Microsoft pulls faulty Surface Pro 2 firmware update

Microsoft pulls faulty Surface Pro 2 firmware update

A firmware update for Microsoft's Surface Pro 2 tablets has been withdrawn from Windows Update due to serious flaws that shorten battery life and harm system stability.

Microsoft has pulled its most recent firmware update for the Surface Pro 2 tablet following reports of errors, high CPU usage and dramatic drops in battery life post-install.

Released on the 10th of December as part of Microsoft's monthly Patch Tuesday update cycle, the new firmware for the company's flagship Windows 8.1 tablet was supposed to address a raft of issues ranging from poor WiFi stability and system crashes to overheating that caused the screen to dim during CPU-intensive activities. Sadly, users immediately began experiencing problems starting with an error code - 80070490 - which would appear post-install, suggesting that the firmware hadn't installed correctly.

At the time, Microsoft told users that the message was in error and not to worry, with the firmware installing correctly in the majority of cases despite the error message. Problems continued to mount, however, with users reporting system crashes, heavy CPU activity when resuming from sleep that would continue until the system was rebooted, and a dramatic drop in battery life compared to the older firmware.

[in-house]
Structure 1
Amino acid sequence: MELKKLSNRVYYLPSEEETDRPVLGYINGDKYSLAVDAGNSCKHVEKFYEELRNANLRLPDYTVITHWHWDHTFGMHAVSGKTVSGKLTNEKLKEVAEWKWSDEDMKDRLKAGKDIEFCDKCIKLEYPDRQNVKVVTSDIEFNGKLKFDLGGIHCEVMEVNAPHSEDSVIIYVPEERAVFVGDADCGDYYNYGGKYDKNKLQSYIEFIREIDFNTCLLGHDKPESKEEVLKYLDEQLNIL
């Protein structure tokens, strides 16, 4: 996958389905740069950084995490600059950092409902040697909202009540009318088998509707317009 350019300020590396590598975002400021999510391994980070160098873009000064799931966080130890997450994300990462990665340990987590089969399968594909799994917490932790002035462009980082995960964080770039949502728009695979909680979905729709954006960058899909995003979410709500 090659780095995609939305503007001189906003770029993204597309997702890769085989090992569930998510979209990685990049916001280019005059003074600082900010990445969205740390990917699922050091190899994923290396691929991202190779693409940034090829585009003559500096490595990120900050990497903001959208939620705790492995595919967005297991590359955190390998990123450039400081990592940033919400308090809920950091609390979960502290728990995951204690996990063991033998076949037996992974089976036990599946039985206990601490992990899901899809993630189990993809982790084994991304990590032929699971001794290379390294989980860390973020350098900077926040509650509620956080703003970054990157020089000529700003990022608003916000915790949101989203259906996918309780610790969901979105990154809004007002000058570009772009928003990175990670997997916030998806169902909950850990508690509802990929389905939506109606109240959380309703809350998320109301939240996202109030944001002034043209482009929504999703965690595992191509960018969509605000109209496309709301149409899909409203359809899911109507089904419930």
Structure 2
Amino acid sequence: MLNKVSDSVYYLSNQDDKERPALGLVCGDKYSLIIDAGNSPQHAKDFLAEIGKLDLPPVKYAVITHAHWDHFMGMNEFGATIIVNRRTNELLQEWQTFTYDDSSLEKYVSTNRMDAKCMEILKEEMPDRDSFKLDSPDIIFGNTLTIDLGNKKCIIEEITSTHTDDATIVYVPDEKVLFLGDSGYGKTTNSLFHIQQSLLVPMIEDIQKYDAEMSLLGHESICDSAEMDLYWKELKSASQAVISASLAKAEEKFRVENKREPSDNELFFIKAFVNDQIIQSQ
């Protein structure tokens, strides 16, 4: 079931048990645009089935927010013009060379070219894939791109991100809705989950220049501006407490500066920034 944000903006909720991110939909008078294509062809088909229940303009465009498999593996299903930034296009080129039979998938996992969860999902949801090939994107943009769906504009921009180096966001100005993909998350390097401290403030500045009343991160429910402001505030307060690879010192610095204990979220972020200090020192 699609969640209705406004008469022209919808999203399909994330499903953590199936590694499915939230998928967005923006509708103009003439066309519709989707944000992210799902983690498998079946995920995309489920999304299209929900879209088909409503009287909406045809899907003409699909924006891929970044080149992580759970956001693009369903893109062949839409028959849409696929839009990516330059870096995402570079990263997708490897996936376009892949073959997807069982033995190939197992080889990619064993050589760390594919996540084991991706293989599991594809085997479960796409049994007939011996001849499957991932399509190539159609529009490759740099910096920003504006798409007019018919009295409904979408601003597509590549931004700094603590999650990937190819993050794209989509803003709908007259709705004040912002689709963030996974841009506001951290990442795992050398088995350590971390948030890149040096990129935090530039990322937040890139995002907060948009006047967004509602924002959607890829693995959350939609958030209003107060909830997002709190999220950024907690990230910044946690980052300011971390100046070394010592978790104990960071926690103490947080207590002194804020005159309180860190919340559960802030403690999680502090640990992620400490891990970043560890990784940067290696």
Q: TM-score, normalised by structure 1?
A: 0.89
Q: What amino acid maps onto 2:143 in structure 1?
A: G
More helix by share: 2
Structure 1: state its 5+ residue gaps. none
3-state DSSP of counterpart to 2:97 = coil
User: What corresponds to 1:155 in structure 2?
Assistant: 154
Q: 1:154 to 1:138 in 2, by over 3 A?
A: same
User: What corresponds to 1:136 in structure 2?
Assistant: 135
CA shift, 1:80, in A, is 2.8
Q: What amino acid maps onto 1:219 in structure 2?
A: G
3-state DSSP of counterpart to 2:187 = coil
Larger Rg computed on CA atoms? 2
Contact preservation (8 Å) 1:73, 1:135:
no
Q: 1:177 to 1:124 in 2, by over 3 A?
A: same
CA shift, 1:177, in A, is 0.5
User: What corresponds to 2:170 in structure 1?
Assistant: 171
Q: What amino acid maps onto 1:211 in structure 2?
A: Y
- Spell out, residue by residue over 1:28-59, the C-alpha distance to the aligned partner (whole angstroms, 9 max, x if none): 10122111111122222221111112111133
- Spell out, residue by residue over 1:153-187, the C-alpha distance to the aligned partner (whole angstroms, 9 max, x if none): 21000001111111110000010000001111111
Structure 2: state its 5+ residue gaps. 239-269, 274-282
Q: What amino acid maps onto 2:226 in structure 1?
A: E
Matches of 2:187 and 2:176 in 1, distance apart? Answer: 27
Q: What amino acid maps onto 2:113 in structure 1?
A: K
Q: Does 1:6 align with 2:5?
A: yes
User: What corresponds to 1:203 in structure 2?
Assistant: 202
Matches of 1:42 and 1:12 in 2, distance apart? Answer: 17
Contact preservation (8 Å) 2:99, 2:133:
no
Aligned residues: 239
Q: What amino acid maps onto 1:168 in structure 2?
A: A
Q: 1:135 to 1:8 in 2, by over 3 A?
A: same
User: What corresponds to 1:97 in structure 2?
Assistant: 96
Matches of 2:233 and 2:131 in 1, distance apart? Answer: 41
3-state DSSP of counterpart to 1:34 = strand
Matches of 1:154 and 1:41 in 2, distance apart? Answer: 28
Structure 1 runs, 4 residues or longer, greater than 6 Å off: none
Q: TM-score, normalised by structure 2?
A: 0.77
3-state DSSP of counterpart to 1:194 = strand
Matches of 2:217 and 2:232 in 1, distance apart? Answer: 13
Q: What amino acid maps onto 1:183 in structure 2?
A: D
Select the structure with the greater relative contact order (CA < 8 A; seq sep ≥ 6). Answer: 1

Now, nine days after its release, Microsoft has pulled the patch from Windows Update. While that offers little consolation to those who have already installed the newer firmware, it means that users slower on the uptake won't suffer the same issues - although, naturally, won't receive the fixes promised by the patch either. Thus far, Microsoft has not provided a release date for a fixed copy of the firmware beyond promising it some time early next year.

This is far from the first time Microsoft has been forced to remove a patch from Windows Update following the discovery of serious flaws: 2013 has been a bad year for the company's quality assurance division, with high-profile patches being withdrawn in September, August, July, June and April due to serious, show-stopping issues.


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schmidtbag 19th December 2013, 15:40 Quote
Seriously, have they ever tested their products? I don't see how issues like this go un-noticed. Even if they happen to have done all of their testing in just 1 building (which in itself would be a horrible idea), they should still notice SOME of those issues.
GoodBytes 19th December 2013, 15:59 Quote
I think they only tested what they intended to fix, and not the entire device.. rushing the release... but the question is..why rush it? Could it be that they wanted to offer the best experience (their intentions), for the holidays, but in results, broke everything. Rushing is never good. Deeply test the firmware, make sure everything works perfectly, then release it.
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